Long exposures are my all time favourites when it comes to photographing water or cloudy skies. Especially when it’s windy. I think thats probably the only time you will EVER hear me say I like wind. I actually hate it. It makes me extremely agitated, probably because it’s always blowing my hair in my face. Anyway wind blows and makes clouds move, creating some perfect conditions for long exposures of the sky. You know those images where the clouds are no longer fluffy, they are long and silk like creating loads of drama! And where the water is no longer rough and choppy, but its a beautiful silky peaceful seascape.
Long exposures are where you push the shutter and your shot will expose over a certain time frame. Your camera then captures the movement of the scene during the time the shutter is open.
My top 5 tips for nailing super sharp long exposures
Use a Sturdy Tripod
You need a sturdy tripod. I cannot stress this enough. If there is one accessory you invest in its the best tripod you can afford. I am onto my third tripod, because I made the mistake in investing in shit first! Whilst my first tripod was a Manfrotto and quiet sturdy – a little sea water and the legs are jammed and there is no adjusting that baby! The second was a piece of rubbish from China… Definitely not sturdy enough to hold my camera + lens. A couple of good brands I recommend are Sirui + Really Right Stuff. These guys are quiet expensive but buy it once and I reckon it should last at least 10 years! On tripods – it doesn’t stop at the legs… You have to make sure you have a ball head or the likes that can hold the weight of your camera. There is nothing worse that getting home and finding the weight of your camera has just ever so slightly tipped down and your images are no longer sharp, but blurry. Its a waste.
Tighten your Tripod
Make sure you check the legs of your tripod are tight and won’t slip and the tripod attachment that sits on the bottom of your camera (or lens for telephoto lenses) is super tight. I use an ‘L Bracket’ on my camera and its forever coming loose so I carry a 5 cent piece in my bag and tighten the L Bracket prior to shooting.
Add some weight to tripod centre column
You know how I said its good to shoot long exposure in the wind… well its always a good idea to put a little weight on the centre column of your tripod when shooting as well. This helps to anchor your tripod and alleviate it from tipping over.
Use a shutter release. These don’t need to be fancy, it’s just a cord that goes to a camera outlet plug and allows you to take a photo without having to touch the camera. Of course there are flash one’s that take batteries so you can do things like star trails but thats not relevant here. The weight of your finger pushing the shutter can be enough to move the camera resulting in another unsharp or blurry photo due to camera movement.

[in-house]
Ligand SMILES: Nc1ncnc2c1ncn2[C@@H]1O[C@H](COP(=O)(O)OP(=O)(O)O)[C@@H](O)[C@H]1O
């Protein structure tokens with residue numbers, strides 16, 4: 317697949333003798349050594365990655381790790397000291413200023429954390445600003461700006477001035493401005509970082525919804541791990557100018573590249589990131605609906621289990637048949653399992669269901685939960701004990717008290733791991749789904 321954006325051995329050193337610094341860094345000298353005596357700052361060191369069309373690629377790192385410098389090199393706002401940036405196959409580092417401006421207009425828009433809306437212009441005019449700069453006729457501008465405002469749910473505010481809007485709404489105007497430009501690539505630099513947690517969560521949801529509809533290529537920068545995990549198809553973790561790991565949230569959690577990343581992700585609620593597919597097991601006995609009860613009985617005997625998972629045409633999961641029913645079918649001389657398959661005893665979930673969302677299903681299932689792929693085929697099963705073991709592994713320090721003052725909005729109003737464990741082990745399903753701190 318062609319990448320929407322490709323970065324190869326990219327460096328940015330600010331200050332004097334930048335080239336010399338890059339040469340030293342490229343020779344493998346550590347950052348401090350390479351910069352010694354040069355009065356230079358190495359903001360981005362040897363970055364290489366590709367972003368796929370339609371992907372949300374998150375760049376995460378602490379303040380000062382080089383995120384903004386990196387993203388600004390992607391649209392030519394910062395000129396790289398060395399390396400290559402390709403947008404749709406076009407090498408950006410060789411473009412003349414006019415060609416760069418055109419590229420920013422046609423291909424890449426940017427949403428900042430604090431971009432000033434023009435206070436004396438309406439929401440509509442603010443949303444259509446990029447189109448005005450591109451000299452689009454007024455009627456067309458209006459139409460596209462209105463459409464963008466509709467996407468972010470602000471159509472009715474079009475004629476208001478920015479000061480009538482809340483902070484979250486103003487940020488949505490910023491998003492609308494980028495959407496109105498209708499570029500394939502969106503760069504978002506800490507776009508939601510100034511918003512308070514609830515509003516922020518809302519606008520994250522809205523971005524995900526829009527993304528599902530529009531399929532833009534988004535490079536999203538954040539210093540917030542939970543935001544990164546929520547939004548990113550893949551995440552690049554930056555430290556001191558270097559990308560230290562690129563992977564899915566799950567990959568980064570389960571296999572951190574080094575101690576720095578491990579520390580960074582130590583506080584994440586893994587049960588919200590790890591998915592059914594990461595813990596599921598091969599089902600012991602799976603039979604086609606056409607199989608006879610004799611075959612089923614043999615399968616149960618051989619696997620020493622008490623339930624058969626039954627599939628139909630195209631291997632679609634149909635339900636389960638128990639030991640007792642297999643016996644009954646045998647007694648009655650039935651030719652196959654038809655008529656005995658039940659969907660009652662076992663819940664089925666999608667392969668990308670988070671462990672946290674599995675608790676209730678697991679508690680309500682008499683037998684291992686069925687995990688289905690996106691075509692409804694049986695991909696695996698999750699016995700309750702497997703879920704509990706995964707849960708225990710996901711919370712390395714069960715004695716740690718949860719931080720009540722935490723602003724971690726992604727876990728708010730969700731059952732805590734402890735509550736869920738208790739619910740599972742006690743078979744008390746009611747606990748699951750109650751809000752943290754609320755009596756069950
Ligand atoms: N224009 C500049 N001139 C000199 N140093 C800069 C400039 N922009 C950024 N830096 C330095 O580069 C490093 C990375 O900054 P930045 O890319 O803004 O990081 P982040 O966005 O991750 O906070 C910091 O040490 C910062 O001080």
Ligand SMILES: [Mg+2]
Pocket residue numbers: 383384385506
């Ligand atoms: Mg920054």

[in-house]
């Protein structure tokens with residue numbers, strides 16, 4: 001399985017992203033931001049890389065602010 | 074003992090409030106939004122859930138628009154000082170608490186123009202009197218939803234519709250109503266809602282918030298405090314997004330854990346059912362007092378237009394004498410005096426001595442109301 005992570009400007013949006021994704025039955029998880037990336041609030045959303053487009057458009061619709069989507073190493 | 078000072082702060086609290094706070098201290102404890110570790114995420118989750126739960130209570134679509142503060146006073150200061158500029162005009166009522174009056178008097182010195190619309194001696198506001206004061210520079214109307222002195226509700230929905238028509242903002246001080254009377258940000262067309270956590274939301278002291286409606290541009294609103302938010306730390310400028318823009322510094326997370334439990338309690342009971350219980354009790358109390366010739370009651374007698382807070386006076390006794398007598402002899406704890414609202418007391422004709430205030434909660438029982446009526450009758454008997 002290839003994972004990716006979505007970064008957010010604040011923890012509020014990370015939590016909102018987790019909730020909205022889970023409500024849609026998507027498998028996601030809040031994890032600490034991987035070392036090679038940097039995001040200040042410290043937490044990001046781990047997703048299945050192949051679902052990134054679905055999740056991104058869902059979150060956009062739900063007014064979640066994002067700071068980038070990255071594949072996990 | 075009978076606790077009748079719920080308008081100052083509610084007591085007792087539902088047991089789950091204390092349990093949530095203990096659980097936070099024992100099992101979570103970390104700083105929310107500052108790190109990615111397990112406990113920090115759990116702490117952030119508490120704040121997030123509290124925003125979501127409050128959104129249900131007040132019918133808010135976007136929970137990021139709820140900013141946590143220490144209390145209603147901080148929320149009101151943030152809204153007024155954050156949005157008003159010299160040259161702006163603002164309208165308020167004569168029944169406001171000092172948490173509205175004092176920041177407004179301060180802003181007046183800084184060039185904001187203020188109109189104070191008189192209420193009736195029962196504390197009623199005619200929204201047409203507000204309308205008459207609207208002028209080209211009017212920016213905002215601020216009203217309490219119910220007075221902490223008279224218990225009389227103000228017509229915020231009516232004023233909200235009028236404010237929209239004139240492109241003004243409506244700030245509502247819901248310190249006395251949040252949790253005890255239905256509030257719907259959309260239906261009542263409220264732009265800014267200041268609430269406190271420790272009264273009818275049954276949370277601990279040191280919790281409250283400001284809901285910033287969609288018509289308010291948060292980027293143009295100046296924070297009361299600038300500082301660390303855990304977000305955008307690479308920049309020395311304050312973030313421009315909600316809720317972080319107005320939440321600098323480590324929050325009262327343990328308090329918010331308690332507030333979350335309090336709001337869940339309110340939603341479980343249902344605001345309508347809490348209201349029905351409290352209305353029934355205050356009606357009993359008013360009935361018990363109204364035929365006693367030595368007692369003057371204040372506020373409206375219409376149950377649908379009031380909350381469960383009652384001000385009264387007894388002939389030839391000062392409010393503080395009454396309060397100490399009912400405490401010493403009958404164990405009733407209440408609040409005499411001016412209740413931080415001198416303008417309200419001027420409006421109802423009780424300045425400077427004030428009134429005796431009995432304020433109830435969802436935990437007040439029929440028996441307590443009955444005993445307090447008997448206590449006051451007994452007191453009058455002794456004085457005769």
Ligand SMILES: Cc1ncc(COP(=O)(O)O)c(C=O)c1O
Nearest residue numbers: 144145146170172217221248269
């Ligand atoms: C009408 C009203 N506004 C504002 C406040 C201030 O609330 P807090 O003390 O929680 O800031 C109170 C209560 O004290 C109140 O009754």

If you can’t get your hands on a shutter release you can always use the 2 or 10 second timer but this only works for shots up to 30 seconds long. You would definitely need a shutter release for using bulb mode. Bulb mode will allow you to take an image longer than 30 seconds and you don’t want you finger on the camera for that long thats for sure!
Watch the ground under you
When you are shooting at the beach and close to the water and the water touches the tripod leg, IT WILL SINK! Most likely just slightly but will ruin your photos. Think ghost photos… Half your exposure in one position and the other half in another position. It happened to a friend of mine and boy was she disappointed when she got home and realised nearly every shot was the same and ruined…
Use Manual Focus
Use manual focus when shooting long exposures. Switch the little toggle up to MF on your lens and focus manually. One great tip is to use the live view and zoom in 10x to where you want to focus. You can get really accurate with the focusing using this method and the focus is set where you want it. When I am using ND filters I will always focus the shot with the ND filter holder off my lens. Once focused I pop the filter holder back on. I wouldn’t recommend this if you are heavy handed or using the round screw on filters. You may accidentally push the lens backwards if its a zoom causing it to become out of focus.
Use the aperture ‘sweet spot’
This one can be a bit of trial and error but all lenses have an aperture where your images come out the sharpest. When I tested my lens I felt f/9 came out the sharpest on my Canon 24-70mm f/2.8 L.
Have any other tips for super sharp images? Leave a comment!
** Pin this image for later.